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Is the posted program a "Physics of Material Science" program?

  • #1
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  • #2
DrClaude
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Both the B.Sc. and the M.Sc. appear to be regular physics programs. With the electives offered, it appears that one can specialise in material science if desired.
 
  • #3
CrysPhys
Education Advisor
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The degrees are specifically listed as physics degrees, and the course options available to you are listed. The question then is why are you concerned whether they are "Physics of Materials Science" programs? Are you considering career opportunities that specifically require completion of programs formally designated as "Physics of Materials Science"?
 
  • #4
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Yes. Semiconductors
 
  • #5
CrysPhys
Education Advisor
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Yes. Semiconductors
Word of caution: If jobs you are considering require specific credentials, then the requirements will vary at least with the country of the employer (and perhaps with locality within a country). I'm familiar only with US programs. I've never heard of a "Physics of Materials Science" program per se (don't know whether there's a language issue here). The American Physical Society (APS) does recognize "materials physics" as a subfield of physics (https://www.aps.org/units/dmp/index.cfm). In the US, some schools do offer programs in "materials science" or "materials engineering"; but more common is a combined program in "materials science and engineering".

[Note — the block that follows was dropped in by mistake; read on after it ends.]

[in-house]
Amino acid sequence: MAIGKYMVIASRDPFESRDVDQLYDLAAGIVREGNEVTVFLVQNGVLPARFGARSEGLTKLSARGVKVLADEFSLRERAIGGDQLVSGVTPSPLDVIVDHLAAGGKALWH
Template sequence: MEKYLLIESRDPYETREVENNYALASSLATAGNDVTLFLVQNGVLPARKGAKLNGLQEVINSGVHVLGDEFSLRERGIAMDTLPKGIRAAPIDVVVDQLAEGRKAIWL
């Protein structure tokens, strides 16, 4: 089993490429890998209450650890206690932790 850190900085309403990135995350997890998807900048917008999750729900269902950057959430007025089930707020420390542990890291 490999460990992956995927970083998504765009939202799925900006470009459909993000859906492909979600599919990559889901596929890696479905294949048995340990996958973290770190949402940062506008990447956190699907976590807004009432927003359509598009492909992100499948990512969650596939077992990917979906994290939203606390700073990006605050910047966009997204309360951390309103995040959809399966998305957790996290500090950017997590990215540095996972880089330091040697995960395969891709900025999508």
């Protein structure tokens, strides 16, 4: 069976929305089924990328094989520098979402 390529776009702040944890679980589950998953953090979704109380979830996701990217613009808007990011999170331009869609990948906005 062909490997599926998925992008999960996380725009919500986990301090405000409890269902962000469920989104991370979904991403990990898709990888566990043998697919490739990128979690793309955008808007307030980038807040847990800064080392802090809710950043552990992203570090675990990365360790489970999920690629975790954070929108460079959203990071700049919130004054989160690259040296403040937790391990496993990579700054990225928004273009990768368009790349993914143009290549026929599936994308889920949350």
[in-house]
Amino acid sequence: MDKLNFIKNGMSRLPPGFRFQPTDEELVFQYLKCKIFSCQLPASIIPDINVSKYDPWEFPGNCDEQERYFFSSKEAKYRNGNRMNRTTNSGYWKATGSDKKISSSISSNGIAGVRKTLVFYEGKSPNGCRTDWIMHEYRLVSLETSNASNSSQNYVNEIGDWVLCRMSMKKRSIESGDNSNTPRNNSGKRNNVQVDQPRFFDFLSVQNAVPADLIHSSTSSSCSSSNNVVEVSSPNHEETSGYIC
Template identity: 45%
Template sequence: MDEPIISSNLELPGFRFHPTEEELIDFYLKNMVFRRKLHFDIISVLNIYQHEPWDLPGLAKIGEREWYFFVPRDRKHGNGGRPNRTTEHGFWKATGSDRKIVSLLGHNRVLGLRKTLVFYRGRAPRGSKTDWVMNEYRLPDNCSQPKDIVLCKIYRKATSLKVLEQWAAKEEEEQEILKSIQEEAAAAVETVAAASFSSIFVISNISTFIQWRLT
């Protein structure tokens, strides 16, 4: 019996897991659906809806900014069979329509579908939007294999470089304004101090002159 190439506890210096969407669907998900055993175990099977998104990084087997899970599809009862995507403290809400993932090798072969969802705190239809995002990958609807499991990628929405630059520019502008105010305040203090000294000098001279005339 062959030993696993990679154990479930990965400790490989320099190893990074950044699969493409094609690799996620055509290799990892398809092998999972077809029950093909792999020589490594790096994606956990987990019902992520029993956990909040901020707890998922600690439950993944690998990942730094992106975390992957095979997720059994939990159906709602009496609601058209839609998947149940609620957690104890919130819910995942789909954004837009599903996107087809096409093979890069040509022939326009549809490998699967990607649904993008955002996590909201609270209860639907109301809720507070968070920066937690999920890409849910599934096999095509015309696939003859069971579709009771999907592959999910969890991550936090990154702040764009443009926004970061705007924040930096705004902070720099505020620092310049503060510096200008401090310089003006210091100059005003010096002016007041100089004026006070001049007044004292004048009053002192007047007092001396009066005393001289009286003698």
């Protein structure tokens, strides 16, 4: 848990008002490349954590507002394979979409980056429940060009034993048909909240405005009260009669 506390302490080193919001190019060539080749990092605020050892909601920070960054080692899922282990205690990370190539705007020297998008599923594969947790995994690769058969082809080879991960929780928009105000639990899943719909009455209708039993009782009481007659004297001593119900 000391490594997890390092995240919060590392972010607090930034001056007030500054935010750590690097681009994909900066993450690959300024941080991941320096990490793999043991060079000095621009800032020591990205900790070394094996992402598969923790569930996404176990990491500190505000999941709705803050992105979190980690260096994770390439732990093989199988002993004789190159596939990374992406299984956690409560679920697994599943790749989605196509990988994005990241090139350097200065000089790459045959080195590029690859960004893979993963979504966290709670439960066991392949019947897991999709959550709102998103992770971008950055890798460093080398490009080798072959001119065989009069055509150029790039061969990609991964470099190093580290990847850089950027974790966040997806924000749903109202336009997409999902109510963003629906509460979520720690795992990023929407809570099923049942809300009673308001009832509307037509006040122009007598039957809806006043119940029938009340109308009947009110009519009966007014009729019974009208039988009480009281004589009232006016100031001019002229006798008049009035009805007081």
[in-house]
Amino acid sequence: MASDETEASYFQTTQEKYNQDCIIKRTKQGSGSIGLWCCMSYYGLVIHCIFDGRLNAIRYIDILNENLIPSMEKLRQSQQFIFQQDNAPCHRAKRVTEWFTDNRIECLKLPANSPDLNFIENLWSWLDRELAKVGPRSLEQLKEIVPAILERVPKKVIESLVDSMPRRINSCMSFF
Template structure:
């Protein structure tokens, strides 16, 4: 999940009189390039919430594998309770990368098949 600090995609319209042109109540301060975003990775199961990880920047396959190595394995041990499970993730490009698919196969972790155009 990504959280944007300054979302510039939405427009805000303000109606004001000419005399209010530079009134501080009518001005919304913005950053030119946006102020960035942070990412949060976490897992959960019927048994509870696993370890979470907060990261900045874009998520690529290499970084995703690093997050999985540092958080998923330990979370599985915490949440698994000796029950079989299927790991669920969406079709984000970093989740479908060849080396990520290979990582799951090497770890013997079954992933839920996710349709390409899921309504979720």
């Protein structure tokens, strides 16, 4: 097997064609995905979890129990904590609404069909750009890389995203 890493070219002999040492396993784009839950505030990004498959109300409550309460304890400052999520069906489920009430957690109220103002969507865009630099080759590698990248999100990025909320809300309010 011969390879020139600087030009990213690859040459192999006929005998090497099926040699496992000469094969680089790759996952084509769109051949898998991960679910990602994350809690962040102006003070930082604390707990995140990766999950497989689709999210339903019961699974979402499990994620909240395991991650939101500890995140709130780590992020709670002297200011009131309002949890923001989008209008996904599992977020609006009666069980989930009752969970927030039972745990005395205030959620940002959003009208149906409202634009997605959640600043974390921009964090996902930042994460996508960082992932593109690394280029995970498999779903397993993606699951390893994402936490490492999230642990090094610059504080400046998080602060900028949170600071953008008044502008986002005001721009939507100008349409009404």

• #6
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I apologize. This is what I meant "Materials Physics".

I would like to apply for this program and specialize in "Semiconductor Physics".
 
  • #7
CrysPhys
Education Advisor
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I apologize. This is what I meant "Materials Physics".

I would like to apply for this program and specialize in "Semiconductor Physics".
(1) So what is your primary interest? You led off with materials, but have now shifted to semiconductors. "Materials physics" encompasses materials other than semiconductor materials; and "semiconductor physics" encompasses topics other than semiconductor materials. Is your main interest in the fabrication of semiconductor devices, the application of semiconductor devices in a system, or something else?

(2) Back to a previous question I asked. Does your future career goals (whatever they are) specifically require a degree formally designated as a BS or MS in "Materials Physics" or "Semiconductor Physics" instead of just "Physics"? After your MS, are you planning on continuing on to a PhD program, seeking a job in industry, or something else?

(3) Or is your real question simply whether the programs you cited will give you strong preparation in 'materials physics" or "semiconductor physics", regardless of the formal degree listed on the diploma and transcript?
 

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